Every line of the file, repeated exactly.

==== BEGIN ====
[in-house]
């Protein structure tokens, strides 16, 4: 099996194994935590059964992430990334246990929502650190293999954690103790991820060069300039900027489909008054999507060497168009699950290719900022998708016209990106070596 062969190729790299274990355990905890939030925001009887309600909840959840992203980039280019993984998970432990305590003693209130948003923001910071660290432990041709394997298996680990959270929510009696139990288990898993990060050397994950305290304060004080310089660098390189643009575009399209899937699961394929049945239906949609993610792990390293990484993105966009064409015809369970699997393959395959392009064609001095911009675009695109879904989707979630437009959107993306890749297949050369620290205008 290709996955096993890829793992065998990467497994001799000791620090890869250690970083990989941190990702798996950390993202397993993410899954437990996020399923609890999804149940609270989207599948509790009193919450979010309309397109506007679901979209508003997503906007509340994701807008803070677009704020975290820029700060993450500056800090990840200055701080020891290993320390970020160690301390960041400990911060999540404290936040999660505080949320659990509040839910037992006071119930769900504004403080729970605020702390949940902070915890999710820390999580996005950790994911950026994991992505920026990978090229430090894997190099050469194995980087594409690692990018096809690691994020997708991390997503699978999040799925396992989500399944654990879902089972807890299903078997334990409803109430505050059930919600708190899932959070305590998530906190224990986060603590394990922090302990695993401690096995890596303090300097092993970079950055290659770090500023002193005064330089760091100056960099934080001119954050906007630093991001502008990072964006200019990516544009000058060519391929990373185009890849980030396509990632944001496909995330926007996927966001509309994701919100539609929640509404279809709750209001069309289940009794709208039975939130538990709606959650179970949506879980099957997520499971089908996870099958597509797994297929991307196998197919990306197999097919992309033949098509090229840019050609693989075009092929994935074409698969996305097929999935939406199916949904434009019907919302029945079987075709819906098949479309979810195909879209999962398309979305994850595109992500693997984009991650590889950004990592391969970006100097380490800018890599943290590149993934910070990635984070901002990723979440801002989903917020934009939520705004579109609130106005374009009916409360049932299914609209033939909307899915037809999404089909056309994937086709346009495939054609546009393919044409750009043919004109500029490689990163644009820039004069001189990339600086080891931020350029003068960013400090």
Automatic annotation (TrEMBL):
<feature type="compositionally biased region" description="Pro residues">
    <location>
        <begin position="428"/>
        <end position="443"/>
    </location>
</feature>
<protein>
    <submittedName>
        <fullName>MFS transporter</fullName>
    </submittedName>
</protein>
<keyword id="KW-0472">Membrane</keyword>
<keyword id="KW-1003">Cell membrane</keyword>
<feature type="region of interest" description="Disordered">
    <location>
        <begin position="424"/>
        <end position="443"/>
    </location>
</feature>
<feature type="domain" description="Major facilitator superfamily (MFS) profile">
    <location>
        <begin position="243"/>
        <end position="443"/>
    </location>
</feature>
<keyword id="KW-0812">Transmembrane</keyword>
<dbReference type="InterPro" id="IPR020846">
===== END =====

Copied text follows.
[in-house]
């Protein structure tokens, strides 16, 4: 099996194994935590059964992430990334246990929502650190293999954690103790991820060069300039900027489909008054999507060497168009699950290719900022998708016209990106070596 062969190729790299274990355990905890939030925001009887309600909840959840992203980039280019993984998970432990305590003693209130948003923001910071660290432990041709394997298996680990959270929510009696139990288990898993990060050397994950305290304060004080310089660098390189643009575009399209899937699961394929049945239906949609993610792990390293990484993105966009064409015809369970699997393959395959392009064609001095911009675009695109879904989707979630437009959107993306890749297949050369620290205008 290709996955096993890829793992065998990467497994001799000791620090890869250690970083990989941190990702798996950390993202397993993410899954437990996020399923609890999804149940609270989207599948509790009193919450979010309309397109506007679901979209508003997503906007509340994701807008803070677009704020975290820029700060993450500056800090990840200055701080020891290993320390970020160690301390960041400990911060999540404290936040999660505080949320659990509040839910037992006071119930769900504004403080729970605020702390949940902070915890999710820390999580996005950790994911950026994991992505920026990978090229430090894997190099050469194995980087594409690692990018096809690691994020997708991390997503699978999040799925396992989500399944654990879902089972807890299903078997334990409803109430505050059930919600708190899932959070305590998530906190224990986060603590394990922090302990695993401690096995890596303090300097092993970079950055290659770090500023002193005064330089760091100056960099934080001119954050906007630093991001502008990072964006200019990516544009000058060519391929990373185009890849980030396509990632944001496909995330926007996927966001509309994701919100539609929640509404279809709750209001069309289940009794709208039975939130538990709606959650179970949506879980099957997520499971089908996870099958597509797994297929991307196998197919990306197999097919992309033949098509090229840019050609693989075009092929994935074409698969996305097929999935939406199916949904434009019907919302029945079987075709819906098949479309979810195909879209999962398309979305994850595109992500693997984009991650590889950004990592391969970006100097380490800018890599943290590149993934910070990635984070901002990723979440801002989903917020934009939520705004579109609130106005374009009916409360049932299914609209033939909307899915037809999404089909056309994937086709346009495939054609546009393919044409750009043919004109500029490689990163644009820039004069001189990339600086080891931020350029003068960013400090």
Automatic annotation (TrEMBL):
<feature type="compositionally biased region" description="Pro residues">
    <location>
        <begin position="428"/>
        <end position="443"/>
    </location>
</feature>
<protein>
    <submittedName>
        <fullName>MFS transporter</fullName>
    </submittedName>
</protein>
<keyword id="KW-0472">Membrane</keyword>
<keyword id="KW-1003">Cell membrane</keyword>
<feature type="region of interest" description="Disordered">
    <location>
        <begin position="424"/>
        <end position="443"/>
    </location>
</feature>
<feature type="domain" description="Major facilitator superfamily (MFS) profile">
    <location>
        <begin position="243"/>
        <end position="443"/>
    </location>
</feature>
<keyword id="KW-0812">Transmembrane</keyword>
<dbReference type="InterPro" id="IPR020846">